Increase of drivers opting for Speed Awareness Courses and the misconception of the potential impact on insurance premiums
New government figures show almost a million motorists opted for the Speed Awareness Course over the last year to avoid getting points on their driving licence.
In order to qualify for the Speed Awareness Courses, there are several criteria that need to be met – your speed needs to have been within a specific range. In a 30mph zone, your speed needs to be between 35mph and 42mph, and on motorways, the figure needs to be between 79mph and 86mph.
Motorists are generally ineligible for the Speed Awareness Course if they have taken one in the three years prior to their most recent speeding offence.
The Speed Awareness Course gives the motorist information on the dangers and consequences of speeding and is also aimed at giving them driving tips from an experienced course leader.
RAC technical director, David Bizley said:
“This has to be good news for all those involved as it gives drivers a positive educational benefit, rather than simply adding points to their licences.”
The increase in the number of drivers opting for the Speed Awareness Course can be attributed to both the desire to avoid penalty points and the general belief among motorists that their insurance premiums will not rise as a result of attending the course.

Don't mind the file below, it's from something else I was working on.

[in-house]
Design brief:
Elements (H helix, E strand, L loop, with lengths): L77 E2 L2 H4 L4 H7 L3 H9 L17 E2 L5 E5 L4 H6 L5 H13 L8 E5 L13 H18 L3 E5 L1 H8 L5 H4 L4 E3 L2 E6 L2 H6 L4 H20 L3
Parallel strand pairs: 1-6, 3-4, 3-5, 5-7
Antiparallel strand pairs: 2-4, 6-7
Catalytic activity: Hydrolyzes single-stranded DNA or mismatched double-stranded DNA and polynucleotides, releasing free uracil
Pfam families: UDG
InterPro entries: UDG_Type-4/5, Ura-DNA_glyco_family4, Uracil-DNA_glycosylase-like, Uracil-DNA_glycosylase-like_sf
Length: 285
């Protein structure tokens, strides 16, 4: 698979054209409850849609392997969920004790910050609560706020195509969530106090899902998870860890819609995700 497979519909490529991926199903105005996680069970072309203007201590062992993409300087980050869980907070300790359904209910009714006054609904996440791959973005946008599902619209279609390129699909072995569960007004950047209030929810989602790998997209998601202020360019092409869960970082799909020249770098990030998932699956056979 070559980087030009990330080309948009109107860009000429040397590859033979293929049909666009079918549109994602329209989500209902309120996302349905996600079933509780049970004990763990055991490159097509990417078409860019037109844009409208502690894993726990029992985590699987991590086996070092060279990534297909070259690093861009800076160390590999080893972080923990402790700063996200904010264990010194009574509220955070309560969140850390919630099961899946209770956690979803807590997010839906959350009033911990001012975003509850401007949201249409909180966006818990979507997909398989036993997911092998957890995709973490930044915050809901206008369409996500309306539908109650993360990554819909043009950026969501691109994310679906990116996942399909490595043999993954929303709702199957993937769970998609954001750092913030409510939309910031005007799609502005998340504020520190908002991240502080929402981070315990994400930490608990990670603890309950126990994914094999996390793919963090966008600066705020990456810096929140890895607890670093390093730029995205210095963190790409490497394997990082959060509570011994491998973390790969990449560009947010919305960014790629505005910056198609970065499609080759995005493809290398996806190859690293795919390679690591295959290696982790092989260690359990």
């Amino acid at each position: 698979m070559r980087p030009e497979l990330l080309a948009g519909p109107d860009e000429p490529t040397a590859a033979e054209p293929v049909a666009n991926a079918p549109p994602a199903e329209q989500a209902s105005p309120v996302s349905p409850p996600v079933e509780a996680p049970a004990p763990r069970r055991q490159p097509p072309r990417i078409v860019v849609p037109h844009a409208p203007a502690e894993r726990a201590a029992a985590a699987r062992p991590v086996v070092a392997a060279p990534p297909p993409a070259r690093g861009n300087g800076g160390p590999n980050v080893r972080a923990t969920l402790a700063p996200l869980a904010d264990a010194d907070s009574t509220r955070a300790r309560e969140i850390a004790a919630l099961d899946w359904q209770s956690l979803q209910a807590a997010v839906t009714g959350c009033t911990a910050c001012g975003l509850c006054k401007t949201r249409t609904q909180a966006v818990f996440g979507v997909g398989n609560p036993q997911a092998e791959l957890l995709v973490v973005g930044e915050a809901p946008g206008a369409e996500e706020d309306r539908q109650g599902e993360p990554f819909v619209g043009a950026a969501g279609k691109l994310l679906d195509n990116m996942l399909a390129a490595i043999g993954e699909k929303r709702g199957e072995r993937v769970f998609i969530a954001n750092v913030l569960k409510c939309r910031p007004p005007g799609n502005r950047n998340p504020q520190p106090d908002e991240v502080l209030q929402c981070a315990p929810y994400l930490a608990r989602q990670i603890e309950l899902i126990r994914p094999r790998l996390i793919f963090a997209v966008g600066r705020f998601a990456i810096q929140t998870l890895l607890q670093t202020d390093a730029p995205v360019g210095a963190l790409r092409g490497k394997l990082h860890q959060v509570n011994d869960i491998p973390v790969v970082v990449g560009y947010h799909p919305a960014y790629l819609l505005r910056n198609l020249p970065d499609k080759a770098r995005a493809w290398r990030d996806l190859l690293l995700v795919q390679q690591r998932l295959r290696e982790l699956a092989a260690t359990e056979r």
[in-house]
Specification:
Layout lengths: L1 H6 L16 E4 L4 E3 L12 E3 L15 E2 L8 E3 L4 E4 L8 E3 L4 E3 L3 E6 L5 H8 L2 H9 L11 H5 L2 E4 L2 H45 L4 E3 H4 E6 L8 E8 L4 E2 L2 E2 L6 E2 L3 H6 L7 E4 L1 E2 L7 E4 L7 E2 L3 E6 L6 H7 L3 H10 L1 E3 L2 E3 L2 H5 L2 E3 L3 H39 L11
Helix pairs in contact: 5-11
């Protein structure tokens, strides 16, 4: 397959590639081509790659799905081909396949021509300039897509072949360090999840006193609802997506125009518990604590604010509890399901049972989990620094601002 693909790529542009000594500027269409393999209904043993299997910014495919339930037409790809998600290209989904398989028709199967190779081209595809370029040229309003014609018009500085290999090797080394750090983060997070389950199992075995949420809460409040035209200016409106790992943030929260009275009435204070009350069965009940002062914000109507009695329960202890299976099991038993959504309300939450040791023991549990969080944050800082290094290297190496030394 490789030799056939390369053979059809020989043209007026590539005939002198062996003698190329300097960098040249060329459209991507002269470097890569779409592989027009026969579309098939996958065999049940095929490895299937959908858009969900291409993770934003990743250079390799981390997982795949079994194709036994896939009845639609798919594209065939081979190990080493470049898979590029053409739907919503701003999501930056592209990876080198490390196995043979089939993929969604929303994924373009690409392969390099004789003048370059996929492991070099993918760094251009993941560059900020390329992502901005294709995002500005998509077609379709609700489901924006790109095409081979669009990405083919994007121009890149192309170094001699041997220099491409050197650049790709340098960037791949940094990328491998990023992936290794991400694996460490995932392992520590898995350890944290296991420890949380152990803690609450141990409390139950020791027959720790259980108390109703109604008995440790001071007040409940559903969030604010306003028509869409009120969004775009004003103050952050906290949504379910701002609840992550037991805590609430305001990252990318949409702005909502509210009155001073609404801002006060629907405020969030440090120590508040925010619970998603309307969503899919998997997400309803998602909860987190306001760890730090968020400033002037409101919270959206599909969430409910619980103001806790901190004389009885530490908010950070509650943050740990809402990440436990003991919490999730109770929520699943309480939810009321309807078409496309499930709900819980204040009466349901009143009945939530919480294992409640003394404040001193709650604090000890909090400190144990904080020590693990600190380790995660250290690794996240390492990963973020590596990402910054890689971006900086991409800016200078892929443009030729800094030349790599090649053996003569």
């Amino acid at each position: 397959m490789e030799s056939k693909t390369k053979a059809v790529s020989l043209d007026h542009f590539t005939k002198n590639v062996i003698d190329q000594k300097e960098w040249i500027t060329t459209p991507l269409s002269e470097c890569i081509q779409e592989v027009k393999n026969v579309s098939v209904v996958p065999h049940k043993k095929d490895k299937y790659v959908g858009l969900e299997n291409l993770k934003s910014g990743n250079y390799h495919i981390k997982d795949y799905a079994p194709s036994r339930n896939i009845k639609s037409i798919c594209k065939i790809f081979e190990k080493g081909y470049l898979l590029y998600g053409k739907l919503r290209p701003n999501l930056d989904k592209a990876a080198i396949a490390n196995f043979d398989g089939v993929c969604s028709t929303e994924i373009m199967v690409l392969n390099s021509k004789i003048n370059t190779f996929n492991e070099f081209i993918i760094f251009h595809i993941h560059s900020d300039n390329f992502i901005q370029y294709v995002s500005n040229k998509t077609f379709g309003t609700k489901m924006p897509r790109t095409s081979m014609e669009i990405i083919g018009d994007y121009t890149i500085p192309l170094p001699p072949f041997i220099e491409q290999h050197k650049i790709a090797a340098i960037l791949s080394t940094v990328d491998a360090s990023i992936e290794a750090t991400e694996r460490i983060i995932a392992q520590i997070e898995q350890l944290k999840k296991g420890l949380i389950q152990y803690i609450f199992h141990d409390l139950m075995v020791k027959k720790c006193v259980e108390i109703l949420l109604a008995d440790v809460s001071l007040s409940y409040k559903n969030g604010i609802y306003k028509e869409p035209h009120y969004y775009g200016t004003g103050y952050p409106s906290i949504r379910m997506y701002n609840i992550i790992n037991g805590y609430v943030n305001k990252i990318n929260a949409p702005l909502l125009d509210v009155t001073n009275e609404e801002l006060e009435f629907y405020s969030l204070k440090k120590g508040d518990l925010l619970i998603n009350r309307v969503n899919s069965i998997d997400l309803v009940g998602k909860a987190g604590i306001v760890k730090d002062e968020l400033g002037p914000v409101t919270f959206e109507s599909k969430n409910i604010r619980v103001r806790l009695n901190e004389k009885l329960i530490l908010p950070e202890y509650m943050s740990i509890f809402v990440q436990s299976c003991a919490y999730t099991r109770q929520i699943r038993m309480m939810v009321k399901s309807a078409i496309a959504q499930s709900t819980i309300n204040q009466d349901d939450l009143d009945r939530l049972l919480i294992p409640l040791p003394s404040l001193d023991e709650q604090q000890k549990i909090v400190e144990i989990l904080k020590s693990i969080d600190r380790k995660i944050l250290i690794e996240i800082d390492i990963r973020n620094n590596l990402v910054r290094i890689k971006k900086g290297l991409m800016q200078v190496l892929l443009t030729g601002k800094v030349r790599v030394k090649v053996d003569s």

While Speed Awareness Courses constitute an attractive alternative to the prospect of receiving penalty points for motorists committing low-level speeding offences, motorists are urged not to undertake such a course solely on the basis of perceived financial benefit.
Whilst the completion of a Speed Awareness Course is not categorised as a criminal offence, Motorists opting for such courses may be obliged to inform their insurance company or they may run the risk of their policy being invalidated. As such it is conceivable that insurance companies are likely to treat motorists who take the course similarly to those who simply opt for a fine and penalty points. This approach would effectively render the time, effort and cost of undertaking the Speed Awareness Course worthless.
A spokesperson for Admiral Insurance commented on the issue and in a brief statement said:
“Although a speed awareness course is a replacement for penalty points, it does not change the fact that the person involved has committed a speeding offence. Our claims statistics show that drivers who have committed a speeding offence could be a higher risk than drivers who do not commit speeding offences. This means that people attending a speed awareness course are more likely to make a claim and we price these risks accordingly.”
The increase in insurance premiums comes despite assurances from some police forces and councils that attending a speed awareness course does not affect insurance policies.
Admiral’s admission that it considers attending a speed awareness course as information relevant to pricing an accurate premium highlights that the reality of the Speed Awareness Courses’ effect on insurance premiums differs from motorist perceptions.